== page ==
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New Phytol. 2007;173(2):231-49.

Endosperm formation in aposporous Crataegus (Rosaceae, Spiraeoideae, tribe Pyreae): parallels to Ranunculaceae and Poaceae.

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1
Department of Botany, University of Toronto, 25 Willcocks Street, Toronto, ON, Canada M5S 3B2. nadia.talent@utoronto.ca

Abstract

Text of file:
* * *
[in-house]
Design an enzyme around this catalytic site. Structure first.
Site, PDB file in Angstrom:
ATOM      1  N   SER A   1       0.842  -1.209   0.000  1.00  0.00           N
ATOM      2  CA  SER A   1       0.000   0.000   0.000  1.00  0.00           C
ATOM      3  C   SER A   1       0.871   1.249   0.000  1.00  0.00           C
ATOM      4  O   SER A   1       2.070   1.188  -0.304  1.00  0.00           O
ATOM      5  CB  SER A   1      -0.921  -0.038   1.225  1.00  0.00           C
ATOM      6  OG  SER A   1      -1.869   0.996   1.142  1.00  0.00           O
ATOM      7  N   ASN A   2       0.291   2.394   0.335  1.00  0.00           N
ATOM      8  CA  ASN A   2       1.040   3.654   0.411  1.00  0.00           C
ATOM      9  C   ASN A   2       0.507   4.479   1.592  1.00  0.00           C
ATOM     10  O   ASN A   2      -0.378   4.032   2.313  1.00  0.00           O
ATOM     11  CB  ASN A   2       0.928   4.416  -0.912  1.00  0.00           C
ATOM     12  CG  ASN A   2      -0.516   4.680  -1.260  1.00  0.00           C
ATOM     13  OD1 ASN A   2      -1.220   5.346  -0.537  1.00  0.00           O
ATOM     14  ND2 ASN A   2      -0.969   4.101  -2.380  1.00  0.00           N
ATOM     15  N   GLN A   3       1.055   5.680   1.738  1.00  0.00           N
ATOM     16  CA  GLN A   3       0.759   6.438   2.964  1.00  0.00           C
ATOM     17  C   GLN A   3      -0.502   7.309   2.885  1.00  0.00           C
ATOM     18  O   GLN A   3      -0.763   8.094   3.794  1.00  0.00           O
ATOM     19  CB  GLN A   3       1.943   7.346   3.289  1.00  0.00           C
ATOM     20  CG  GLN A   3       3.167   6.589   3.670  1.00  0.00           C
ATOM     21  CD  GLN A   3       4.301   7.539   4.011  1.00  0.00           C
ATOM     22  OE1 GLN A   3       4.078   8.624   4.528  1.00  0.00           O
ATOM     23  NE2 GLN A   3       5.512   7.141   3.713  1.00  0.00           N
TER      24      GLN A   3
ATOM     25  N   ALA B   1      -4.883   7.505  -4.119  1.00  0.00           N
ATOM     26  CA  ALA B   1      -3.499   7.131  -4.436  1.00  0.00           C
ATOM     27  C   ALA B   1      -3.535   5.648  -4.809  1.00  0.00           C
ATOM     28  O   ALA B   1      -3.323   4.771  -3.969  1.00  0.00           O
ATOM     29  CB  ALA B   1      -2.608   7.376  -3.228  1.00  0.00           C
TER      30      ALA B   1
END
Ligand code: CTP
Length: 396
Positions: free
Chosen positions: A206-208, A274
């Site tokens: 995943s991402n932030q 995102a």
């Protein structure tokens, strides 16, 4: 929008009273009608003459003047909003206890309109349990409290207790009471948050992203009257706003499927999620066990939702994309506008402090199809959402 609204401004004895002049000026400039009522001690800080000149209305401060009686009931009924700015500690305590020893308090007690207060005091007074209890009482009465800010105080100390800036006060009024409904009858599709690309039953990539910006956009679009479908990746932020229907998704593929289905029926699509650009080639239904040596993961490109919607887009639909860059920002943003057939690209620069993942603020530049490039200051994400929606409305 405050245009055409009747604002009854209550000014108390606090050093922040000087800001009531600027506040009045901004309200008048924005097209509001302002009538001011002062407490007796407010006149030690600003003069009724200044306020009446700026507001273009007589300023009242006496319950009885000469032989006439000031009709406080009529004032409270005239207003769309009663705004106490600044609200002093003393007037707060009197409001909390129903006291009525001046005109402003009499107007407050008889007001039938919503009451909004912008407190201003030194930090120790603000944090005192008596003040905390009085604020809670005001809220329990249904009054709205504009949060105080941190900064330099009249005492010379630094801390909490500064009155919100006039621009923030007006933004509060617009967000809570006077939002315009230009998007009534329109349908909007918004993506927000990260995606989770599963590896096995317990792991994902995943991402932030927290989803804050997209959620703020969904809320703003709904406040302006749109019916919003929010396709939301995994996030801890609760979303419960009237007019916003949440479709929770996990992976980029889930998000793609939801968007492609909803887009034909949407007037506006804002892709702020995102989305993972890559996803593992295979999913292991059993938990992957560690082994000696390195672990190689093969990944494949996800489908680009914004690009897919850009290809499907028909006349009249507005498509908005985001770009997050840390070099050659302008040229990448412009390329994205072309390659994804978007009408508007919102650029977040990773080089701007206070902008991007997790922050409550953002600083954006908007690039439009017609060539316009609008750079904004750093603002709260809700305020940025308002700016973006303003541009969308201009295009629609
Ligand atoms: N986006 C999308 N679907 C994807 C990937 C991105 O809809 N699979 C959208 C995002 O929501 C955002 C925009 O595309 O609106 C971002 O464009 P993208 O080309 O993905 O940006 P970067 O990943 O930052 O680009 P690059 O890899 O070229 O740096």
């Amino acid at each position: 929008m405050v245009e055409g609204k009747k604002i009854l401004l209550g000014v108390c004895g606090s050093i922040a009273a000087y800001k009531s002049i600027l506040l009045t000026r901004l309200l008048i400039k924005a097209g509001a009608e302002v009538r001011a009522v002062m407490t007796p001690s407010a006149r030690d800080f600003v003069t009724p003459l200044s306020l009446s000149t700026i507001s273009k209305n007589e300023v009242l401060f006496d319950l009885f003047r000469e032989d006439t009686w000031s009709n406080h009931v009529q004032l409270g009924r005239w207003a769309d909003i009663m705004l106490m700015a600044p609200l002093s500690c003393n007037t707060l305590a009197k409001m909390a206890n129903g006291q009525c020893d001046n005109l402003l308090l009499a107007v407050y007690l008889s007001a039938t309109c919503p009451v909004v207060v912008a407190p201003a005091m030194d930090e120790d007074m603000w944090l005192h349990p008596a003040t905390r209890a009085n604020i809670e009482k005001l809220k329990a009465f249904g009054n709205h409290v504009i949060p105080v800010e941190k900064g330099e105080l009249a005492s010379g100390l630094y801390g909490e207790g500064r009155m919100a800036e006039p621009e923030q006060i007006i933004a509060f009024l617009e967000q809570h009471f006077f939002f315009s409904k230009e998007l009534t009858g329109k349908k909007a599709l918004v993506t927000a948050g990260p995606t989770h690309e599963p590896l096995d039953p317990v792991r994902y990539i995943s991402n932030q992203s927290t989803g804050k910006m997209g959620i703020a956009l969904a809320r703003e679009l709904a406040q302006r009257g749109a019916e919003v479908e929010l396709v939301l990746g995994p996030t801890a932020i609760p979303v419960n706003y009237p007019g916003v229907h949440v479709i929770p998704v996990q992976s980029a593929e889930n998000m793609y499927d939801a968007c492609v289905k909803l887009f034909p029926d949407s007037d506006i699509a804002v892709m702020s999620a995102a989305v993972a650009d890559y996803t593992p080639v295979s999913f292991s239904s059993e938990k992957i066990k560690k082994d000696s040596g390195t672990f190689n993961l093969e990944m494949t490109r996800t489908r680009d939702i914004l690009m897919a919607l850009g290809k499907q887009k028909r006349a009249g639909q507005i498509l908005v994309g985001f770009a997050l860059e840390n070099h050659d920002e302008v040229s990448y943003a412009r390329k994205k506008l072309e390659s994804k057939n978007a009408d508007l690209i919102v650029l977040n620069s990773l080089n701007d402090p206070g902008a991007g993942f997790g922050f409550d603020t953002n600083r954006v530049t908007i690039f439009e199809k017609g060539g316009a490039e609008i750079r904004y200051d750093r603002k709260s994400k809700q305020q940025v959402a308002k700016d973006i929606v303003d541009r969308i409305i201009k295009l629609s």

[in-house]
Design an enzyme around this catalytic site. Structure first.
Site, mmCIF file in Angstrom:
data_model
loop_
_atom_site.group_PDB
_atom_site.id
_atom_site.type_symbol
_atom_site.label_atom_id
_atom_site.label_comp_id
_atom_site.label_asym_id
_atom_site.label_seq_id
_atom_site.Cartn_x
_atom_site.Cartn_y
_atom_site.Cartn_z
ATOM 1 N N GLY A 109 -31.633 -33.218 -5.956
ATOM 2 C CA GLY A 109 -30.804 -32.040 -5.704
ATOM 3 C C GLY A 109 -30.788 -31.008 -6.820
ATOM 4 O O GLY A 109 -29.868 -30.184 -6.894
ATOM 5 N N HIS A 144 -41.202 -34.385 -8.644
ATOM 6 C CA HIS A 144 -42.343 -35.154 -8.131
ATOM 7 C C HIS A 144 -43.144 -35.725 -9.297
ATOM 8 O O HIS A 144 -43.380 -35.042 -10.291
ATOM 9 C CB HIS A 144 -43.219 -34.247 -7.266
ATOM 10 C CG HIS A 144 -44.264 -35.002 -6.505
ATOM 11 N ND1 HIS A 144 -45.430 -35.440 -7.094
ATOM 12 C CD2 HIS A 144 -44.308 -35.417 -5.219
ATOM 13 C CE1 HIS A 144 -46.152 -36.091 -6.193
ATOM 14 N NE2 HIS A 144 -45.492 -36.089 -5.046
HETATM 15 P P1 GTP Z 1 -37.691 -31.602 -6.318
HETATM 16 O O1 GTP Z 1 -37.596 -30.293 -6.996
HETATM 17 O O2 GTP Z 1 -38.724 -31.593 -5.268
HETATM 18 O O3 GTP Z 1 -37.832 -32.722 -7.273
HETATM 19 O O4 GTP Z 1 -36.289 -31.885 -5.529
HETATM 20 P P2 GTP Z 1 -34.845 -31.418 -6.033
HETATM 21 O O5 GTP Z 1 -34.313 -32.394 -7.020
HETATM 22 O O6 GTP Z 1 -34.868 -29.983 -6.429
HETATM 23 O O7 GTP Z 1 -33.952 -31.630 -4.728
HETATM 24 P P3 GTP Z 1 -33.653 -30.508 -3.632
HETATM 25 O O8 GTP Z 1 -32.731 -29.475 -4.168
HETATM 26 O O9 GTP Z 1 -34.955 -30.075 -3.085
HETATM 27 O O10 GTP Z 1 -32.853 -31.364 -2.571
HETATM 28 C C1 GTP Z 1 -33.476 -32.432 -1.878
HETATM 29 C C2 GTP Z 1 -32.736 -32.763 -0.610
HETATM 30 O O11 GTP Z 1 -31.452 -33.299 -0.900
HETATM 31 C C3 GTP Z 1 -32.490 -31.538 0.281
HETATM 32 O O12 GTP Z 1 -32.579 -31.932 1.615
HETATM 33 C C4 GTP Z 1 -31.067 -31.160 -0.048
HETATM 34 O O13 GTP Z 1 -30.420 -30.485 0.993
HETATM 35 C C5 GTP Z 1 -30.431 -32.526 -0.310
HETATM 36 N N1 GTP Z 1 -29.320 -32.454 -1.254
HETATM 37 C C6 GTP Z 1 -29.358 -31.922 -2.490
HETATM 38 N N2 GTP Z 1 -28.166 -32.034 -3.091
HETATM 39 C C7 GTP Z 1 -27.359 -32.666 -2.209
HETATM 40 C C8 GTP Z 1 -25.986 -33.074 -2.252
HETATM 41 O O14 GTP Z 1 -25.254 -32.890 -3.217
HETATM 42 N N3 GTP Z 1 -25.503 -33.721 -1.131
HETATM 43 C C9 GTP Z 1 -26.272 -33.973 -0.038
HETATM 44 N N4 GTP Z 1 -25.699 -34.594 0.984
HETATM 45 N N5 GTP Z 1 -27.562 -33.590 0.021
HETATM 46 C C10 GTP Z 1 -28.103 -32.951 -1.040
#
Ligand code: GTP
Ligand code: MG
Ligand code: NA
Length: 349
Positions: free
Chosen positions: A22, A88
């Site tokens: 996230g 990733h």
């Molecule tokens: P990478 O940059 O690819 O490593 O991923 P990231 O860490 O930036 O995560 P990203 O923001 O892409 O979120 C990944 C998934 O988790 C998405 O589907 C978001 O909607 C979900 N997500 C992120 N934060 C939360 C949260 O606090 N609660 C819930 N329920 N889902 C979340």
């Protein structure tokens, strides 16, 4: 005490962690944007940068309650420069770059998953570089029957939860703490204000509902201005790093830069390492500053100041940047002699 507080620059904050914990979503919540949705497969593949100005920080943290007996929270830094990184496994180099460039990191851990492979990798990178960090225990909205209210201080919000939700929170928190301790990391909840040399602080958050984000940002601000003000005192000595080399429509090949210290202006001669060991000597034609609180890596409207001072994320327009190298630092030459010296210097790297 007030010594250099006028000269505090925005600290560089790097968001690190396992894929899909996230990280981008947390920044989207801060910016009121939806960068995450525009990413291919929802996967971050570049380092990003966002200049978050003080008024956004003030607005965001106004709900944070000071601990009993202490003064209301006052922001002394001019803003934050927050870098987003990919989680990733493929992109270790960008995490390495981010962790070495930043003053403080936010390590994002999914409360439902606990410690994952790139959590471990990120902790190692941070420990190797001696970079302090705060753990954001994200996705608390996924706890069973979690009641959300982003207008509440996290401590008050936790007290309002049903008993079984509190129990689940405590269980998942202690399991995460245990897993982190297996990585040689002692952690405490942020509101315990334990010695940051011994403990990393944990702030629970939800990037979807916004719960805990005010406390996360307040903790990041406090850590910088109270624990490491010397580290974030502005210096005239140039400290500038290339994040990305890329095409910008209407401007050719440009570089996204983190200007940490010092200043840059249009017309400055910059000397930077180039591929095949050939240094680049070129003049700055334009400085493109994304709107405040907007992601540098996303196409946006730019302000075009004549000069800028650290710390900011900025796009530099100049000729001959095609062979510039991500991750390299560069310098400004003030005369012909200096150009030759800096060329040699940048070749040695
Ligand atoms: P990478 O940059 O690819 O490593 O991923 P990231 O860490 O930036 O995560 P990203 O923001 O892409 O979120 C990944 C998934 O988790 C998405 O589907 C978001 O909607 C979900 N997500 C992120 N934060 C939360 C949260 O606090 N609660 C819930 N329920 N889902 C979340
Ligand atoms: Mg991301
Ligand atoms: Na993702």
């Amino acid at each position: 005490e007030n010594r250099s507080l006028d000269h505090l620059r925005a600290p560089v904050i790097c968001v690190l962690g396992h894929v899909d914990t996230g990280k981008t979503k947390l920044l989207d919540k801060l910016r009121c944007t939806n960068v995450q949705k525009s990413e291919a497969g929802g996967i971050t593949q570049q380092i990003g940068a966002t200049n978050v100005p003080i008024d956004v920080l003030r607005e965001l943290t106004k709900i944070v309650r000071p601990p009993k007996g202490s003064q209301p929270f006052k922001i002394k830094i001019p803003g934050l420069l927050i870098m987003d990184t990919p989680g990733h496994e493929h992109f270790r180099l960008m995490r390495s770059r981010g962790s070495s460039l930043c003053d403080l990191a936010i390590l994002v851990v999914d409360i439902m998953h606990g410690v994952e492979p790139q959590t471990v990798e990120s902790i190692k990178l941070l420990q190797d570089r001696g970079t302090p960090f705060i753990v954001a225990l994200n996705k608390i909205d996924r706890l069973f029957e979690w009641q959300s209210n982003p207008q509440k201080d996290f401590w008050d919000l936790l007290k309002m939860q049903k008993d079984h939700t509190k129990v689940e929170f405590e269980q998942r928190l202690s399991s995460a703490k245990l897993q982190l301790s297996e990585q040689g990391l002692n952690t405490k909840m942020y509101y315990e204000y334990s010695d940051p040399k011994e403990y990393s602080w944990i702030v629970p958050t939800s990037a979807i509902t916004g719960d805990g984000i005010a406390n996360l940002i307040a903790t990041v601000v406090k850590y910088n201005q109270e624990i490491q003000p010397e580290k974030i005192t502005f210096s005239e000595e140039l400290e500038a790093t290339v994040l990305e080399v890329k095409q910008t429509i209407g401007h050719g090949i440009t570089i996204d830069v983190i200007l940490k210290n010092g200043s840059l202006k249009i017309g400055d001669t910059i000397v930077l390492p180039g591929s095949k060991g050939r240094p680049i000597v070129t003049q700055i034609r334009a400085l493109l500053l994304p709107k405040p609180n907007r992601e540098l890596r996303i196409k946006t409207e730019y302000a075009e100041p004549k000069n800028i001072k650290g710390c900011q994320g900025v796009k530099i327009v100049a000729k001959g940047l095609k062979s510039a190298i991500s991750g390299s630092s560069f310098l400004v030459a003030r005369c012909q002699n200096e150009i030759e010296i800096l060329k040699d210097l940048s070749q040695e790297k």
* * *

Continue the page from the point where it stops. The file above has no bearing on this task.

Apomixis in Crataegus is primarily aposporous and requires pollination. The embryo sac is of the Polygonum type. A combination of meiotically unreduced embryo sacs with apparently reduced pollen would violate the usual requirement for a 2 : 1 ratio of maternal to paternal contributions to the endosperm. We therefore investigated the origin of endosperm in seeds of sexual diploids and apomictic polyploids of the sister genera Crataegus and Mespilus. Flow-cytometric DNA measurements from embryo and endosperm in mature seeds were converted to ploidy levels using leaf-tissue information. The diploids had triploid endosperm. In c. 60% of seed from polyploids, one sperm apparently contributes to the endosperm, while 25% or more may involve two sperm. Additional results suggest that trinucleate central cells also occur. Fertilization of meiotically unreduced eggs is indicated. The ratio of maternal to paternal contributions to the endosperm in these apomictic Crataegus is not constrained to 2 : 1. They thus resemble some Sorbus (Pyreae) and very distantly related Ranunculus (Ranunculaceae). It is suggested that Paspalum (Poaceae) may have similarly flexible endosperm ploidy levels.

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